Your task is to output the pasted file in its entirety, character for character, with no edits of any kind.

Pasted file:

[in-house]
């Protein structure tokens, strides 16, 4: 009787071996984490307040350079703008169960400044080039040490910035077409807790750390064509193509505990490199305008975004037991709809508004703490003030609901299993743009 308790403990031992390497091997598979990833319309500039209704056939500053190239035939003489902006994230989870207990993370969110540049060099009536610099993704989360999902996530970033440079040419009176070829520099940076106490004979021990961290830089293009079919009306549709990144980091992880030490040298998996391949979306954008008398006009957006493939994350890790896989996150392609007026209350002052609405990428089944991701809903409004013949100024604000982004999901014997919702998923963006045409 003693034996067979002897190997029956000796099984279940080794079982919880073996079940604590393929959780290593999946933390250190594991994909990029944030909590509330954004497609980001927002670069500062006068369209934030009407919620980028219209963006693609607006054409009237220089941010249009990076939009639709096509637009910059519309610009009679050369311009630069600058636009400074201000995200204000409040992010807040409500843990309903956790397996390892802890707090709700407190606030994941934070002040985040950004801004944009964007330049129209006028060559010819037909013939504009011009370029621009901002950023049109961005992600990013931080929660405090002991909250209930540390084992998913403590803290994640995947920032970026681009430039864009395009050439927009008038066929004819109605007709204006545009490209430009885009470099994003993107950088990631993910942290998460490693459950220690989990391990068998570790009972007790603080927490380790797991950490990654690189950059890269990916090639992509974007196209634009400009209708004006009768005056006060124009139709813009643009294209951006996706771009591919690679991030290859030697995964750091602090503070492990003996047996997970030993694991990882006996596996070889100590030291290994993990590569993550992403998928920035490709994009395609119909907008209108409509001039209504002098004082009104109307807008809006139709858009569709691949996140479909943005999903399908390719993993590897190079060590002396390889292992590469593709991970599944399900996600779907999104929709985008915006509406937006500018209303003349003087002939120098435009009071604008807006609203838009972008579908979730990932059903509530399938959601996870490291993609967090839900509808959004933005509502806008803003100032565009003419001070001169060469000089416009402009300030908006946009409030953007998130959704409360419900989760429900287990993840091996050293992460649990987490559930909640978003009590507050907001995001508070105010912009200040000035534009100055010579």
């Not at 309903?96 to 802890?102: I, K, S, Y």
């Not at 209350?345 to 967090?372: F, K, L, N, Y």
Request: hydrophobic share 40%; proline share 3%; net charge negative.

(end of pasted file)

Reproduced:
[in-house]
């Protein structure tokens, strides 16, 4: 009787071996984490307040350079703008169960400044080039040490910035077409807790750390064509193509505990490199305008975004037991709809508004703490003030609901299993743009 308790403990031992390497091997598979990833319309500039209704056939500053190239035939003489902006994230989870207990993370969110540049060099009536610099993704989360999902996530970033440079040419009176070829520099940076106490004979021990961290830089293009079919009306549709990144980091992880030490040298998996391949979306954008008398006009957006493939994350890790896989996150392609007026209350002052609405990428089944991701809903409004013949100024604000982004999901014997919702998923963006045409 003693034996067979002897190997029956000796099984279940080794079982919880073996079940604590393929959780290593999946933390250190594991994909990029944030909590509330954004497609980001927002670069500062006068369209934030009407919620980028219209963006693609607006054409009237220089941010249009990076939009639709096509637009910059519309610009009679050369311009630069600058636009400074201000995200204000409040992010807040409500843990309903956790397996390892802890707090709700407190606030994941934070002040985040950004801004944009964007330049129209006028060559010819037909013939504009011009370029621009901002950023049109961005992600990013931080929660405090002991909250209930540390084992998913403590803290994640995947920032970026681009430039864009395009050439927009008038066929004819109605007709204006545009490209430009885009470099994003993107950088990631993910942290998460490693459950220690989990391990068998570790009972007790603080927490380790797991950490990654690189950059890269990916090639992509974007196209634009400009209708004006009768005056006060124009139709813009643009294209951006996706771009591919690679991030290859030697995964750091602090503070492990003996047996997970030993694991990882006996596996070889100590030291290994993990590569993550992403998928920035490709994009395609119909907008209108409509001039209504002098004082009104109307807008809006139709858009569709691949996140479909943005999903399908390719993993590897190079060590002396390889292992590469593709991970599944399900996600779907999104929709985008915006509406937006500018209303003349003087002939120098435009009071604008807006609203838009972008579908979730990932059903509530399938959601996870490291993609967090839900509808959004933005509502806008803003100032565009003419001070001169060469000089416009402009300030908006946009409030953007998130959704409360419900989760429900287990993840091996050293992460649990987490559930909640978003009590507050907001995001508070105010912009200040000035534009100055010579």
């Not at 309903?96 to 802890?102: I, K, S, Y």
């Not at 209350?345 to 967090?372: F, K, L, N, Y």
Request: hydrophobic share 40%; proline share 3%; net charge negative.